The 2005 General Assembly: Ducking tough issues, again

April 15, 2005

As we recap the 2005 session of the Maryland General Assembly, we find that while some good things were accomplished, what should concern citizens is what didn't get done.

Do you oppose the legalization of slot machines? If so, you were probably pleased that for the third year in a row, Gov. Robert Ehrlich's proposal failed to pass.

But before you celebrate, consider that the state still faces what is called a structural deficit, which means that expenses will exceed revenues for the foreseeable future.

To avoid this fight in the next session, lawmakers have put together a $400 million fund that will spare them any extended discussion of why the state will be in a money crunch for years to come.


Would slot machines have bridged the funding gap? Gov. Ehrlich said they would have, but House Speaker Michael Busch wouldn't compromise on the legislation.

If Busch had yielded and the revenue wasn't adequate, he would have had a better argument that higher taxes were needed. His obstruction only made the point that the Democratic leadership still hasn't accepted the fact that voters chose a Republican to lead their state government.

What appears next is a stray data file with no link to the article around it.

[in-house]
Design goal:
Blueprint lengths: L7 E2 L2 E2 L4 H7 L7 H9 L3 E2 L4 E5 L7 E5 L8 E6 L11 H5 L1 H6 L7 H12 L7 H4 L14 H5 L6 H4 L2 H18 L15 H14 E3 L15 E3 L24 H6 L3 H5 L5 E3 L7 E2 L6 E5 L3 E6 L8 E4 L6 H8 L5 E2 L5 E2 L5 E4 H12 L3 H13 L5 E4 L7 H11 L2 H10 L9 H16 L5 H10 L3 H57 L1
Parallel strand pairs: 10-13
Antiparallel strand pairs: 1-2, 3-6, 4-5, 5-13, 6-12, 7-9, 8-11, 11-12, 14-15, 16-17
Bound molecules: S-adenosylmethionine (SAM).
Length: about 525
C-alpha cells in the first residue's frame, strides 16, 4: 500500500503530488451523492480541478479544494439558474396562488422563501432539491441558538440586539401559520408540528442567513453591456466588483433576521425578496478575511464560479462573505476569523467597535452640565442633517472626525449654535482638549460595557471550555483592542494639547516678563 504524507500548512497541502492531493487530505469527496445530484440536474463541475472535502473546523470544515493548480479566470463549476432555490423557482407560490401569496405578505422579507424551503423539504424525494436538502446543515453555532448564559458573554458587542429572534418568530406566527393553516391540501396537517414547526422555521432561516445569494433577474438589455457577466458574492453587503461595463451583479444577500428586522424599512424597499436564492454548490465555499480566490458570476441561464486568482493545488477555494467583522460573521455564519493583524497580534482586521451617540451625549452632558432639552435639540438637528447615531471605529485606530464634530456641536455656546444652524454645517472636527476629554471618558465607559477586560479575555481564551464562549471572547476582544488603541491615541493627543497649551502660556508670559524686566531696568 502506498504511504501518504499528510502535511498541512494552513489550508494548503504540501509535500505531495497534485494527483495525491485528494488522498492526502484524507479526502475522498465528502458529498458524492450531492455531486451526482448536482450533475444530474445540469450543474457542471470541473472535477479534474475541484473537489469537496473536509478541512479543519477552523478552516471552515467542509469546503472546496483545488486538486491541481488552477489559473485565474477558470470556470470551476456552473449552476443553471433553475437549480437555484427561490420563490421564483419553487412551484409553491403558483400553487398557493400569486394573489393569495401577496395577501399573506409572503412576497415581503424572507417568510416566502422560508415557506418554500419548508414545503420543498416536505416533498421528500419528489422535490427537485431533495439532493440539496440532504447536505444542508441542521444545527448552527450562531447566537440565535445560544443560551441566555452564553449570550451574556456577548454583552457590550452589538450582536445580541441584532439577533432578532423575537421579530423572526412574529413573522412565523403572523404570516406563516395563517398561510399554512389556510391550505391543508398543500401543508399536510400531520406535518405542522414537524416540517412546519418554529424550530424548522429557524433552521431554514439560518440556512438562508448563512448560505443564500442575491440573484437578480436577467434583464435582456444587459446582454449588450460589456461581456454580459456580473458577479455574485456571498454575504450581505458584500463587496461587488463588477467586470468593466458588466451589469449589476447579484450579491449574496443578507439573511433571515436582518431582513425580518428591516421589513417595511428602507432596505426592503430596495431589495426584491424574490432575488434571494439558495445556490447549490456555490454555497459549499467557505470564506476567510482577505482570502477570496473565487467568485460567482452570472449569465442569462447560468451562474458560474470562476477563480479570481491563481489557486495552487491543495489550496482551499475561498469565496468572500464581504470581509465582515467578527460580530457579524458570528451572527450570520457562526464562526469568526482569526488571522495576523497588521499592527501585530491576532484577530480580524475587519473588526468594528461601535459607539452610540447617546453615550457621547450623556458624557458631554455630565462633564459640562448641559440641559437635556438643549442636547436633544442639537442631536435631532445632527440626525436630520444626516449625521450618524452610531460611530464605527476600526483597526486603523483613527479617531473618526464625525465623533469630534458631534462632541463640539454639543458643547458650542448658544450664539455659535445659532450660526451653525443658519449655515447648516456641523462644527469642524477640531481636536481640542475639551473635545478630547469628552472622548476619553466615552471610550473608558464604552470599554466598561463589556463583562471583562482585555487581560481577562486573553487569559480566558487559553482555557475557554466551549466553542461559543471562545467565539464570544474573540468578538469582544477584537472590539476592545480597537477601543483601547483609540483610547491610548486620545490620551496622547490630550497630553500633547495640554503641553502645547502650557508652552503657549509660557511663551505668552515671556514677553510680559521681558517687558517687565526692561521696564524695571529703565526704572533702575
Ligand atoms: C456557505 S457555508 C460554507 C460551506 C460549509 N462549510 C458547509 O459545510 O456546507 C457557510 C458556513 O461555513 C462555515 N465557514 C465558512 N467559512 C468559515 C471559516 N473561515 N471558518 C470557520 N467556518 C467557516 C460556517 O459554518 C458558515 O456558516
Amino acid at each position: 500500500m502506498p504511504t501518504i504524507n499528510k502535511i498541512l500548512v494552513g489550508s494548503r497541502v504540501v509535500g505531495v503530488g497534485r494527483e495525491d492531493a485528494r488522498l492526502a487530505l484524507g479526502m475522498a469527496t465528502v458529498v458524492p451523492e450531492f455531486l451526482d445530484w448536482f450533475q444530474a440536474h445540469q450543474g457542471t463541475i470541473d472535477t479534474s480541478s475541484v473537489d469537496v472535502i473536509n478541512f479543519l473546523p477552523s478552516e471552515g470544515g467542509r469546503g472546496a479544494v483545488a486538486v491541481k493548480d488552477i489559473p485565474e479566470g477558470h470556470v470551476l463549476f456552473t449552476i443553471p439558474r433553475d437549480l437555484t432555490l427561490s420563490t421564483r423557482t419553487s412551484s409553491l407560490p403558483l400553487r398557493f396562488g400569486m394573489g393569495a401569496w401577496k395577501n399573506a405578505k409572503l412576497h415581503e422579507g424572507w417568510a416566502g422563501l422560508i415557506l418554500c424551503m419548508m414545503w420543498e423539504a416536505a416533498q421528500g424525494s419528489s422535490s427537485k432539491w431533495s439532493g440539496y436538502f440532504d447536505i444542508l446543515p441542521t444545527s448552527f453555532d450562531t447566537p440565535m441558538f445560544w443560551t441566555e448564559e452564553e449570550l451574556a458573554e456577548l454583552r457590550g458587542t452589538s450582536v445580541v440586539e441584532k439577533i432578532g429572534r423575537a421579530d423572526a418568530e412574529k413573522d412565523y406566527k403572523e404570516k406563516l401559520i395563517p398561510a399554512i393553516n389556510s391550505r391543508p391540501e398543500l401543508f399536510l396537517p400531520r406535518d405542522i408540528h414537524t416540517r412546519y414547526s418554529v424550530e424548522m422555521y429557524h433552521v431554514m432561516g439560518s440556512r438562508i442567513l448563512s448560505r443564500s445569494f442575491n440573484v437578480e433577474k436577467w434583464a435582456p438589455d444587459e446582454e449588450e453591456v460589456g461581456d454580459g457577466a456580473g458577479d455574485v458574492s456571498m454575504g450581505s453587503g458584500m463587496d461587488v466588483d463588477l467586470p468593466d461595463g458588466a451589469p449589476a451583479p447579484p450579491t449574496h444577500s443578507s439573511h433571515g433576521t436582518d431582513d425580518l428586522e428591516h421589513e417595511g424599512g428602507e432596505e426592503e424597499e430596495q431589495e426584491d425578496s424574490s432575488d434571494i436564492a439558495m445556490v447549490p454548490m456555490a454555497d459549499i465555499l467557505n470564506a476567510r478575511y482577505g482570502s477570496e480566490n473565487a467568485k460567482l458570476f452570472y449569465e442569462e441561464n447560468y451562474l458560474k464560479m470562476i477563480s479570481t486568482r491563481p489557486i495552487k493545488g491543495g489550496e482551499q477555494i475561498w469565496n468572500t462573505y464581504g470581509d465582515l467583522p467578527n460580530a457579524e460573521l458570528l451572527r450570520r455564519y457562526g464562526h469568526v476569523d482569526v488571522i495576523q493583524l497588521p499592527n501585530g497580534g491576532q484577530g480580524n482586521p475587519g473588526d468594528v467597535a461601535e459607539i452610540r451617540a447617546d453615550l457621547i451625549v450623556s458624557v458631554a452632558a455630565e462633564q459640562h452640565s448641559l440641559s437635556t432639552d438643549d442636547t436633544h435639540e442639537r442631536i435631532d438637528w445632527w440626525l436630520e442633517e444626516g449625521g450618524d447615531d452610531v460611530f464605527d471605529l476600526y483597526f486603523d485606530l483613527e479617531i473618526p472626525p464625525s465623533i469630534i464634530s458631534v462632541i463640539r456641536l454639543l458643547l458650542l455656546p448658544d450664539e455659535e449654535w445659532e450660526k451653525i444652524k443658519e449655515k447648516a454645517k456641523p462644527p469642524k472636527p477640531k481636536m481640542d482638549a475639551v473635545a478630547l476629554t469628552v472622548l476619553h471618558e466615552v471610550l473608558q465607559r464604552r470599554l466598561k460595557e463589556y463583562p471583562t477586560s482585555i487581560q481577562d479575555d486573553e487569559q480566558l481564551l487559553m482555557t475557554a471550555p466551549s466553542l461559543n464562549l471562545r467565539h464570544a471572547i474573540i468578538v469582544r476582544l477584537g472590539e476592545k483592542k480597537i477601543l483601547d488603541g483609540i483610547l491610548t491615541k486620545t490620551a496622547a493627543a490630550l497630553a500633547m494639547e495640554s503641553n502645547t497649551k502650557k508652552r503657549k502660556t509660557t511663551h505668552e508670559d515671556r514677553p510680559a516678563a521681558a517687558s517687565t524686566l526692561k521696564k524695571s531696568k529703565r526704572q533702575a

That was demonstrated when Senate President Thomas V. Mike Miller supported legislation to force the governor to have all his nominees for the state elections board first be approved by the two parties' state central committees.

The voters understand that when they elected the governor, they provided him with the power to make appointments. To try to wrest the power away from him because he's not a Democrat is partisanship at its worst.

The other important task that didn't get done was to follow through on medical malpractice reform.

Although there was a bill passed to help alleviate some of the financial burden of higher malpractice insurance rates, other measures that would have dealt with the cause of those high rates went nowhere.

Ehrlich bears some blame for this lack of progress, but the real problem is legislative leaders who seem to care more about who gets credit than about what really gets accomplished for the benefit of the state's citizens.

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